Lessay Normandy Map Of D-Day

Lessay (Manche)

The cities of Normandy during the 1944 battles

Liberation: July 27, 1944

Deployed units:

315th Infantry Regiment, 79th Infantry Division

323rd Bombardment Group, 98th Combat Bomb Wing, 9th Bomber Command

830th Engineer Aviation Battalion

850th Engineer Aviation Battalion

877th Engineer Aviation Battalion

 243. Infanterie-Division

 353. Infanterie-Division

History:

During the Occupation, the Germans used the airfield of the town of Lessay in favor of the Luftwaffe (German Air Force). The municipality is the target of violent aerial bombardments allied on 7 and 8 June 1944 in order to delay the advance of German reinforcements towards the landing beaches. The Abbey of Lessay, one of the oldest abbeys of Normandy founded in the 11th century is destroyed and its ruins collapse on 11 July, mined by the Germans.

On 24 July, the Americans launched Operation Cobra to pierce the front line south of the Cotentin: 1,600 bombers of the 8th U.S. Air Force are engaged and the launch of the ground offensive begins the next day. On the right flank of the starting base of the operation, the American units are instructed to fix the opponent to prevent it from containing the breakthrough.

On the morning of July 27, after an artillery preparation, the 315th Infantry Regiment (79th Infantry Division) commanded by Colonel Bernard B. McMahon began its advance towards Lessay. The regiment first bypassed the city by the west and then the attack back. The Americans seize it despite the resistance of the 243. Infantry Division reinforced by elements of the 353. Infantry Division. The Germans retreated south to avoid being surrounded by their opponents.

From 1 to 25 August 1944, the 830th Engineer Aviation Battalion (EAB), reinforced by the 850th EAB and 877th EAB, is working to rehabilitate and rebuild the airfield south-east of Lessay that the Germans destroyed and mined before retreating. Heavy work is done to level the ground and fill the many craters, while clearing the area of ​​many unexploded shells. The two runways of this ALG A-20 airfield are operational from August 25 to September 28, 1944 and are used by the 323rd Bombardment Group (98th Combat Bomb Wing, 9th Bomber Command).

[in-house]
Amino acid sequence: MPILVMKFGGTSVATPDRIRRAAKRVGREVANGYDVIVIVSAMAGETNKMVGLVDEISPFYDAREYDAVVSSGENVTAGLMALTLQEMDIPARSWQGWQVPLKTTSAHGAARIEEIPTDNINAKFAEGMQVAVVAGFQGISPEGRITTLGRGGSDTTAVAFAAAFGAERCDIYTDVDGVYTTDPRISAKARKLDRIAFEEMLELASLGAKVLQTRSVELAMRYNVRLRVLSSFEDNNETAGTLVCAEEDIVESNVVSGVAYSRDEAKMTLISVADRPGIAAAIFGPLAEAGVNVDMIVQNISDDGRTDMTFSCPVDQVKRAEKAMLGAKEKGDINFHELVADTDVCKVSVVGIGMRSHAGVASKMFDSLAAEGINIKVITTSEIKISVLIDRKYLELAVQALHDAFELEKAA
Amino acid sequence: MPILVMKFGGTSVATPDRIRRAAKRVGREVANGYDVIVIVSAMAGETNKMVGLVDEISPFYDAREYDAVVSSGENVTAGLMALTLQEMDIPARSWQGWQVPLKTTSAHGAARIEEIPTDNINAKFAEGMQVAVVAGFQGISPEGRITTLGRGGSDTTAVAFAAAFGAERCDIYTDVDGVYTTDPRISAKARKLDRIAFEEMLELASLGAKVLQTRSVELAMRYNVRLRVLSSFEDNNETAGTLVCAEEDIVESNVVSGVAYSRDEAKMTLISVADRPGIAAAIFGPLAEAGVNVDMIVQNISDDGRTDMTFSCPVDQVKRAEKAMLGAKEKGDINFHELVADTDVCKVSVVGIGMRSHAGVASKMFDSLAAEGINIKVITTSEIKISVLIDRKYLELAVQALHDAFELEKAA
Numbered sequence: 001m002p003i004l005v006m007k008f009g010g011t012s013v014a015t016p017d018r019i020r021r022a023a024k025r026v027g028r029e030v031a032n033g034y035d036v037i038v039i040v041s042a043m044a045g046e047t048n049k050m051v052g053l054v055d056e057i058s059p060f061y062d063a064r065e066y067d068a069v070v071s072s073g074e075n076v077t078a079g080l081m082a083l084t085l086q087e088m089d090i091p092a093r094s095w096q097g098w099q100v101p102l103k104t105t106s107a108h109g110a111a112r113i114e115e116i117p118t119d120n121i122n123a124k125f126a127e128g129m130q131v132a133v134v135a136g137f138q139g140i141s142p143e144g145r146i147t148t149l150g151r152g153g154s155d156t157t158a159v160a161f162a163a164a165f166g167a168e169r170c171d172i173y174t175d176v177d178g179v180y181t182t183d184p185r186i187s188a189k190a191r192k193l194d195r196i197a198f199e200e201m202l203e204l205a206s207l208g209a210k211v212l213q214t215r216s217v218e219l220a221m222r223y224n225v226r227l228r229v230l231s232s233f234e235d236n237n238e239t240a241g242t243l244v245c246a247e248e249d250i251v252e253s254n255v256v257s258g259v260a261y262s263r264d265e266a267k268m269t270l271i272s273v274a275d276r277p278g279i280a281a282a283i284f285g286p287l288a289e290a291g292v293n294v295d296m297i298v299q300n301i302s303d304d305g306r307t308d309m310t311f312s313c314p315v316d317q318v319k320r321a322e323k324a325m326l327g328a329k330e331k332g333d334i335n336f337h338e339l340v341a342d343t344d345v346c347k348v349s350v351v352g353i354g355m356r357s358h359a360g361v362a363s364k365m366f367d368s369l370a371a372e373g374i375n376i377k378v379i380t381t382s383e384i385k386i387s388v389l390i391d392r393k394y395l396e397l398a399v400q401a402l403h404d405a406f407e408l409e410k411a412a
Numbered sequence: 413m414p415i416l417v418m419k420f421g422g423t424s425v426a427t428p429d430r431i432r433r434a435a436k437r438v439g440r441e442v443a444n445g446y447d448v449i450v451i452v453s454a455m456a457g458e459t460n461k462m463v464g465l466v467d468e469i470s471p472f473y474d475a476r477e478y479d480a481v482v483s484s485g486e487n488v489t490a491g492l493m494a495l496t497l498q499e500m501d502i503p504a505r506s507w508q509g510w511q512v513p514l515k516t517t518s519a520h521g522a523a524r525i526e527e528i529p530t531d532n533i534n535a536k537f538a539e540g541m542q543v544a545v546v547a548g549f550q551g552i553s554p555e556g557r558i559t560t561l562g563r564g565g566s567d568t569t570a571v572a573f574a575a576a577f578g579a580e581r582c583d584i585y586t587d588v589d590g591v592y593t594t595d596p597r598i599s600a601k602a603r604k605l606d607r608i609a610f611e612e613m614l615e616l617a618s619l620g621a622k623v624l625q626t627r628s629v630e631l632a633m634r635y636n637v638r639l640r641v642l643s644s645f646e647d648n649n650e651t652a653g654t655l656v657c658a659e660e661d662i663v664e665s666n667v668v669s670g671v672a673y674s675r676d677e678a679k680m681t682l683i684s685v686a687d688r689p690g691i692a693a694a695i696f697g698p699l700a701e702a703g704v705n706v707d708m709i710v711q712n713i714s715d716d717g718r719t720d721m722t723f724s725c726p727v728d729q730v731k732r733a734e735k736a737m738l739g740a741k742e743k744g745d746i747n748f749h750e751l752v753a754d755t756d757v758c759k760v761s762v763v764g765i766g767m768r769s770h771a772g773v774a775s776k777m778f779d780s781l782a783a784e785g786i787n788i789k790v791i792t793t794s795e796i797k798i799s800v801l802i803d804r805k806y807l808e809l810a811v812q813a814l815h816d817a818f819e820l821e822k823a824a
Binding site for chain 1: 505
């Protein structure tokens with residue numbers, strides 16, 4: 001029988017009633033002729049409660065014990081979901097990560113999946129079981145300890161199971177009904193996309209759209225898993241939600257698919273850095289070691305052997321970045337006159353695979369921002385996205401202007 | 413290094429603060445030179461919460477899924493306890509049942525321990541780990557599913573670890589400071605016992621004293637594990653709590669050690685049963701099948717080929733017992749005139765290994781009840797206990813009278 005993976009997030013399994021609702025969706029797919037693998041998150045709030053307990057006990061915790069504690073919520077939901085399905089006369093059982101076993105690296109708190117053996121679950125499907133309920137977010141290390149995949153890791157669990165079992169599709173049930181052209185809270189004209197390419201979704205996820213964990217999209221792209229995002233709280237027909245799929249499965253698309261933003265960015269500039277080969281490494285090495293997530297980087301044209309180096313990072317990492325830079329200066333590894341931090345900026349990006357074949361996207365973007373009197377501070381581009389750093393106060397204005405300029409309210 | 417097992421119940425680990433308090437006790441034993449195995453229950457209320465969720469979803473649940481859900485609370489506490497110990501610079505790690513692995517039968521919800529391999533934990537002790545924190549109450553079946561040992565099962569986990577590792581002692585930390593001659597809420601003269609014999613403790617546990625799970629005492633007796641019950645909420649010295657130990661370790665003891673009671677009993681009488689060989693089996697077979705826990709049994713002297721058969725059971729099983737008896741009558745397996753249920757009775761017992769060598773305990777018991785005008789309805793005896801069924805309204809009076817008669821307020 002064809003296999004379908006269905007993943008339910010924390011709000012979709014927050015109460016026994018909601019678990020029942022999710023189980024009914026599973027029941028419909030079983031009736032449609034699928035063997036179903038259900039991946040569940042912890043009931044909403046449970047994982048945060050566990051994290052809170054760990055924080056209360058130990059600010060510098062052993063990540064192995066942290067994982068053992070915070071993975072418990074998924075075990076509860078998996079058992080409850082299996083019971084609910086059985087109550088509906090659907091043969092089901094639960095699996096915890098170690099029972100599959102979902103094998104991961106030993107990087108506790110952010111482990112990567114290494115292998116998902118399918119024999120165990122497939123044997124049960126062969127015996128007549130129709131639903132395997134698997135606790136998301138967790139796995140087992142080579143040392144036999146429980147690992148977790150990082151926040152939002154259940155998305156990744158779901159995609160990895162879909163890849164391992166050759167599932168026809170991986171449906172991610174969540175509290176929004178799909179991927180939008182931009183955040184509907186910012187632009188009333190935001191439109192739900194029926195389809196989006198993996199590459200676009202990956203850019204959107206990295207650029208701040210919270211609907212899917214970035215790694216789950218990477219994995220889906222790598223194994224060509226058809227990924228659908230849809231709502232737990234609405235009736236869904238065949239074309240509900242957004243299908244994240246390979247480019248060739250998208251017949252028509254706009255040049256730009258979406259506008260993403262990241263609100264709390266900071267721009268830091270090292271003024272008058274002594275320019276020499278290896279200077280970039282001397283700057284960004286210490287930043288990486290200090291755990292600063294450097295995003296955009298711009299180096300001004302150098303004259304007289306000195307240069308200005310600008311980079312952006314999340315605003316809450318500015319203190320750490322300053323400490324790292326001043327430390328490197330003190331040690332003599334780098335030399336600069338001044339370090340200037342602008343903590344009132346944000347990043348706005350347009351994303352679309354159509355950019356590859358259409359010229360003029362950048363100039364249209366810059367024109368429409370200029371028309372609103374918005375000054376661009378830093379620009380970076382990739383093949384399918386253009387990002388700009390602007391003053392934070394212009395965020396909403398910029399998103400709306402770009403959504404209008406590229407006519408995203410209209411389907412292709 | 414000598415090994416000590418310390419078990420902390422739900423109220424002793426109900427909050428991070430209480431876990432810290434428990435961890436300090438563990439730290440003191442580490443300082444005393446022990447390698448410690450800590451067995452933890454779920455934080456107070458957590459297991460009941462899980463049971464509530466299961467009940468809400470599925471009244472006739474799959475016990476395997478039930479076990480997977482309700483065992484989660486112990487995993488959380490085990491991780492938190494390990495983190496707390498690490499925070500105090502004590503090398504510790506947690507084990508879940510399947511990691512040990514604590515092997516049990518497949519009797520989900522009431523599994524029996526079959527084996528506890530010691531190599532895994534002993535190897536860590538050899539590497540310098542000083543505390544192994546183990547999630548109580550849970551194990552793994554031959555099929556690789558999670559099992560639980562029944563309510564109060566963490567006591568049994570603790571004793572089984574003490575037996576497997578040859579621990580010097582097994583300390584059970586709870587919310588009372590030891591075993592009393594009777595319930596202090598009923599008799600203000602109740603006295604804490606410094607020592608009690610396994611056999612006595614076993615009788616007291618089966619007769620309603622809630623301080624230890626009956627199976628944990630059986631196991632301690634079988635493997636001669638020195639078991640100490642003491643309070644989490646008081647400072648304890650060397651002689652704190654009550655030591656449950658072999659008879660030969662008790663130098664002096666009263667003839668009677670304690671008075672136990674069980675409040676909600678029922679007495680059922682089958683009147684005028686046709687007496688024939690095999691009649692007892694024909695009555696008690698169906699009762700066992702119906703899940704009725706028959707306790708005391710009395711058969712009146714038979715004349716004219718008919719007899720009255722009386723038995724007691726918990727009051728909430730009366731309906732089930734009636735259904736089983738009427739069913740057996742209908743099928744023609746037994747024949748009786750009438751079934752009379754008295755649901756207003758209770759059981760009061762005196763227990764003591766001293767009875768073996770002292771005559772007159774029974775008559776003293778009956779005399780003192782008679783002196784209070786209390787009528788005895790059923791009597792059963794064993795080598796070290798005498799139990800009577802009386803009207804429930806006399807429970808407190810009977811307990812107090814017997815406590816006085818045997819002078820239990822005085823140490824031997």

Lessay maps:

"D-Day" redirects here. This article is about the first day of the Invasion of Normandy. The subsequent operations are covered in Invasion of Normandy. For the use of D-Day as a general military term, see D-Day (military term). For other uses, see D-Day (disambiguation).

"Operation Neptune" redirects here. For other uses, see Operation Neptune (disambiguation).

Normandy landings
Part of Operation Overlord, Invasion of Normandy

Men of the 16th Infantry Regiment, U.S. 1st Infantry Division wade ashore on Omaha Beach on the morning of 6 June 1944
DateJune 6, 1944; 73 years ago (1944-06-06)
LocationNormandy, France
ResultDecisive Allied victory
Territorial
changes
Five Allied beachheads established in Normandy
Belligerents
 Germany
Commanders and leaders
Units involved
First Army

Omaha Beach:

V Corps

Utah Beach:

VII Corps
Second Army

Gold Beach

XXX Corps

Juno Beach

I Corps

Sword Beach

I Corps
5th Panzer Army

South of Caen

7th Army

Omaha

Utah Beach

Gold, Juno, and Sword

Strength
156,000[a]50,350+
170 coastal artillery guns. Includes guns from 100mm to 210mm, as well as 320mm rocket launchers.
Casualties and losses
10,000+ casualties; 4,414 confirmed dead[b]
185 M4 Sherman tanks
4,000–9,000 casualties

The Normandy landings were the landing operations on Tuesday, 6 June 1944 of the Alliedinvasion of Normandy in Operation Overlord during World War II. Codenamed Operation Neptune and often referred to as D-Day, it was the largest seaborne invasion in history. The operation began the liberation of German-occupied northwestern Europe from Nazi control, and laid the foundations of the Allied victory on the Western Front.

Planning for the operation began in 1943. In the months leading up to the invasion, the Allies conducted a substantial military deception, codenamed Operation Bodyguard, to mislead the Germans as to the date and location of the main Allied landings. The weather on D-Day was far from ideal and the operation had to be delayed 24 hours; a further postponement would have meant a delay of at least two weeks as the invasion planners had requirements for the phase of the moon, the tides, and the time of day that meant only a few days each month were deemed suitable. Adolf Hitler placed German Field MarshalErwin Rommel in command of German forces and of developing fortifications along the Atlantic Wall in anticipation of an Allied invasion.

The amphibious landings were preceded by extensive aerial and naval bombardment and an airborne assault—the landing of 24,000 American, British, and Canadian airborne troops shortly after midnight. Allied infantry and armoureddivisions began landing on the coast of France at 06:30. The target 50-mile (80 km) stretch of the Normandy coast was divided into five sectors: Utah, Omaha, Gold, Juno, and Sword. Strong winds blew the landing craft east of their intended positions, particularly at Utah and Omaha. The men landed under heavy fire from gun emplacements overlooking the beaches, and the shore was mined and covered with obstacles such as wooden stakes, metal tripods, and barbed wire, making the work of the beach-clearing teams difficult and dangerous. Casualties were heaviest at Omaha, with its high cliffs. At Gold, Juno, and Sword, several fortified towns were cleared in house-to-house fighting, and two major gun emplacements at Gold were disabled, using specialised tanks.